cole are great examples of the true meaning of the term student-athlete.” The Winthrop women’s When asked about her golf team will be countrecent achievement, Boling on experience, a key ling simply said, “It just element they were lacking means I am able to manlast season, to build upon age my course load well, a subpar 2010-2011 camcompete in golf tournapaign. ments and achieve good Coming off a season grades in school.” that the team finished This season will mark tied for 5th in the Big the third consecutive year South Championship, the that Bolling has earned Katie Bolling (left) and Nicole Mooberry were both Lady Eagles are hoping a spot on the team. As to improve on last year’s recently selected to be on the 2010-11 National Golf for Mooberry, the rising Coaches Association (NGCA) All-American Scholar standings, as their core junior is being honored for group of golfers will all be Team for Division I. Photo courtesy of Winthrop Aththe first time. letics. back. The Lady Eagles will Leading the charge for kick off their season at the the golf course, they are at the top Winthrop this season is Starmount Fall Classic in of their game in the academics going to be the lone seniors on Greensboro, N.C., on Oct 2. department. the team, Kayla Cline and Katie “Last year we had six girls on the Bolling. The pair posted the lowest Presidential Honor Roll, which is a scoring averages on the team last big accomplishment in the classseason, averaging 80.04 and 80.52 room,” Cline said. per round respectively. In order to achieve Presidential “We’re older now,” Cline said “I Honor Roll status, a studentknow we’ll play better and have a athlete must attain a 3.0 or higher stronger finish this year than we cumulative grade point average. did in the past.” As if that weren’t impressive Bolling agreed, saying that this enough, Bolling and fellow teamyear’s squad has enough talent to mate, Nicole Mooberry were compete for the Big South Conferrecently selected to the 2010-11 ence title. National Golf Coaches Associa“We are improved from last tion (NGCA) All-American Scholar year,” she said. “I expect us to Team for Division I. improve in every tournament we In order to qualify for the team, played in last year.” student-athletes must compete A large part of that talent is comin half of their golf tournaments ing from a strong freshman class while attaining at least a 3.5 GPA. that is going to be expected to step This criteria is regarded as some of in and contribute right away. the most stringent in all of college The trio of Jennifer Dilger, Kayla Cline athletics. A total of 544 golfers Viivi Nuorti and Rachel Wyatt has Senior golfer throughout Divisions I, II and III already received high praise from were honored. their upper-class teammates. Bolling, a biochemistry major “We have a very good freshman from New Brighton, MN, achieved class this season and I know they a 3.91 GPA, while Mooberry, a are going to perform very well for business administration major us,” Bolling said. from Norfolk, NE, had a 3.54 GPA. Cline added that she doesn’t “I am very proud of these two believe their lack of experience is young ladies for what they accomgoing to affect them too much. plish in the classroom and on the “It’s a talented class,” she said. golf course,” said Winthrop head While the team is still trying to coach Jodie Wendt. “Katie and Niget back to their winning ways on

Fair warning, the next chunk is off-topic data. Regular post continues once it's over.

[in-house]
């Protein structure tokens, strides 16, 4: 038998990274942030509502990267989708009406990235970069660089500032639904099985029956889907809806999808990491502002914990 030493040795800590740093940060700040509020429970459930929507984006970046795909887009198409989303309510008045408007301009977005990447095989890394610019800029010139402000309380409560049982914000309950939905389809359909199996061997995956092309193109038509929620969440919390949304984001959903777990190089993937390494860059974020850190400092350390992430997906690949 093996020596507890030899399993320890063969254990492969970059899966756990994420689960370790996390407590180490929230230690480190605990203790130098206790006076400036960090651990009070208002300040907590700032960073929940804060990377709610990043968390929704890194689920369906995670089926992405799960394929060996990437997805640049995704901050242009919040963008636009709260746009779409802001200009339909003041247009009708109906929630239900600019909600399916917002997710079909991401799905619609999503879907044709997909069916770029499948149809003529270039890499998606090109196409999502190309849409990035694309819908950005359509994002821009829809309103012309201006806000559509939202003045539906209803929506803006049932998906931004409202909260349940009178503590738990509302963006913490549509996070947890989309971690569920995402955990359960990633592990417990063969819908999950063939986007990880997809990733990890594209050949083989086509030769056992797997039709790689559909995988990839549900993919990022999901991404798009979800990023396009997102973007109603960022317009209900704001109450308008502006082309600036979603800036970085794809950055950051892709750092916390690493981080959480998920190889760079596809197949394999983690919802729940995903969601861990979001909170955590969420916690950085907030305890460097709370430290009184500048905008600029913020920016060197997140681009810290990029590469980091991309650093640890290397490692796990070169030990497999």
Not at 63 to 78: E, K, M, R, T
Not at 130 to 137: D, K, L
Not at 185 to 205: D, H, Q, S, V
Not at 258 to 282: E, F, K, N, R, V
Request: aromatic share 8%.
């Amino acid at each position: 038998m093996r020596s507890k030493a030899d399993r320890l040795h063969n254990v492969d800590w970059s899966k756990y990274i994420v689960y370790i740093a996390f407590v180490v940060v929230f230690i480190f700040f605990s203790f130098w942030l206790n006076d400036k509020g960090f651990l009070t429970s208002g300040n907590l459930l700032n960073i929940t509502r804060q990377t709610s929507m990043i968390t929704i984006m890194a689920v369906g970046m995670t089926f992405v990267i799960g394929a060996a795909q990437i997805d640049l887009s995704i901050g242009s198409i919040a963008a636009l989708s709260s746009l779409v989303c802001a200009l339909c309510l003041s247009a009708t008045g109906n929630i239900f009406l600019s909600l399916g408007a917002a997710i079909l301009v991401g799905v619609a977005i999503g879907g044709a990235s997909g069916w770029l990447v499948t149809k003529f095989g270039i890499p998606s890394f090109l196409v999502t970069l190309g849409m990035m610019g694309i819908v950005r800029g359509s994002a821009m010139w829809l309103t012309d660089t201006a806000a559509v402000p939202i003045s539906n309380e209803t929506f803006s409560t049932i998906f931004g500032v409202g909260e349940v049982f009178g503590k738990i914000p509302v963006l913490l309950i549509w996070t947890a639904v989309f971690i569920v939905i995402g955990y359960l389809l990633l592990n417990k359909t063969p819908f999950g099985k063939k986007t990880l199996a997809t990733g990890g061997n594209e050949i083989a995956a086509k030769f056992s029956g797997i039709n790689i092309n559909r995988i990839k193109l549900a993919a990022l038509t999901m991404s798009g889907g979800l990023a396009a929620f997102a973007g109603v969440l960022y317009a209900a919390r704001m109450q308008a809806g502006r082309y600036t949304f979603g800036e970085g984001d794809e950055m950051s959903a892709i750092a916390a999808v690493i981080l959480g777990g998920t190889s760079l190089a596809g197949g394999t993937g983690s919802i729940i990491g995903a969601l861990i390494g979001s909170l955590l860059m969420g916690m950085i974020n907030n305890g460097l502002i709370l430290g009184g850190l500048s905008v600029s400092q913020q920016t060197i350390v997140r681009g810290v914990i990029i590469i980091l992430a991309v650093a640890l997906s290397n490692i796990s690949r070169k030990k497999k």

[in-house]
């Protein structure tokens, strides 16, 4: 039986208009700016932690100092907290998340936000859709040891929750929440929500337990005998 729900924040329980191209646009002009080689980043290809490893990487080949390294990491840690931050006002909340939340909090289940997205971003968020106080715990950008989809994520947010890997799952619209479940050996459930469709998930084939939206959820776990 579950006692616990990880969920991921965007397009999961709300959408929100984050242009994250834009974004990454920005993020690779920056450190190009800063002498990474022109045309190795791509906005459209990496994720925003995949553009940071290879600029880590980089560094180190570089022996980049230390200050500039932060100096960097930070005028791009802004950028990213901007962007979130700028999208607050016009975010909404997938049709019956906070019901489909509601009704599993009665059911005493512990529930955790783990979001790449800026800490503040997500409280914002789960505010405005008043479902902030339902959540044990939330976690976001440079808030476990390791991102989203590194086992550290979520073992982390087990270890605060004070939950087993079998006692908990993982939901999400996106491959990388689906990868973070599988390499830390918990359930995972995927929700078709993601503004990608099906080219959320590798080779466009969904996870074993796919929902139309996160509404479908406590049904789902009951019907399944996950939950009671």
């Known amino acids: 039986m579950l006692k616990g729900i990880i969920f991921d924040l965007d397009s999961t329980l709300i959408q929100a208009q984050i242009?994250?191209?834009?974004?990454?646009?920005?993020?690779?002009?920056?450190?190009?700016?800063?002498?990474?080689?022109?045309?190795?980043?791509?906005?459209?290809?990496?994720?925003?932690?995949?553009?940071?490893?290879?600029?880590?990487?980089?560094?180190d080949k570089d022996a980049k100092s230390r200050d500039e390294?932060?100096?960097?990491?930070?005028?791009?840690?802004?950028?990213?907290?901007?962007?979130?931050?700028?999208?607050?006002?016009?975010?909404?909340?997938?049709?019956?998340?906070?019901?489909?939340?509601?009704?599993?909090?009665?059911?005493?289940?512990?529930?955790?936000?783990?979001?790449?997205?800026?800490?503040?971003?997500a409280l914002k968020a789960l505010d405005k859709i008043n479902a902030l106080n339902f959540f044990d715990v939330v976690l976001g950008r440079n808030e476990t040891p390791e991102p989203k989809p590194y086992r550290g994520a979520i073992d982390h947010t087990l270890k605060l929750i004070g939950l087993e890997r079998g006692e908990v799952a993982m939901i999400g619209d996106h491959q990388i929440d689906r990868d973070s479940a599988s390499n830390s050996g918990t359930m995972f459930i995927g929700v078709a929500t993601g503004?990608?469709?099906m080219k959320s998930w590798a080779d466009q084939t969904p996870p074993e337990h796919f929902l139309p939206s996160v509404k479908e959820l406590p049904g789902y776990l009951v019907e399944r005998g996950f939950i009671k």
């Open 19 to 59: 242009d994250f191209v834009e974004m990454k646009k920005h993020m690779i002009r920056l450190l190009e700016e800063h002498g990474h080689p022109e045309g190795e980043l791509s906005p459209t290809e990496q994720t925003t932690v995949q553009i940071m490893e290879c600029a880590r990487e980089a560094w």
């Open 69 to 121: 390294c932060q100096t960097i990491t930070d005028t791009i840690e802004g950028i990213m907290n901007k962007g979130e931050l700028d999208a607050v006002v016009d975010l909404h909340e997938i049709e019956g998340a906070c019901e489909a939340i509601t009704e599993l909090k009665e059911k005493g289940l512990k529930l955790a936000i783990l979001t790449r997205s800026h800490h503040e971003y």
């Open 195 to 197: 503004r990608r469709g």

I know we’ll play better and have a stronger finish this year than we did in the past.

Soccer stat attack Men’s soccer

Compiled by David Thackham

•The Winthrop men’s soccer squad (3-5-1) scheduled an impromptu nonconference match against Wake Forest University (3-4-1) after its match-up against East Tennessee State on Friday was cancelled due to inclement weather. Although the Buccaneers from Tennessee were nationally ranked at the time, the Eagles found little respite against the Demon Deacons. Wake Forest, who also had a scheduled game against South Carolina rained out, peppered Winthrop’s defense early before finally taking the lead in the 70th minute to finish a deceiving 1-0 win for the home team.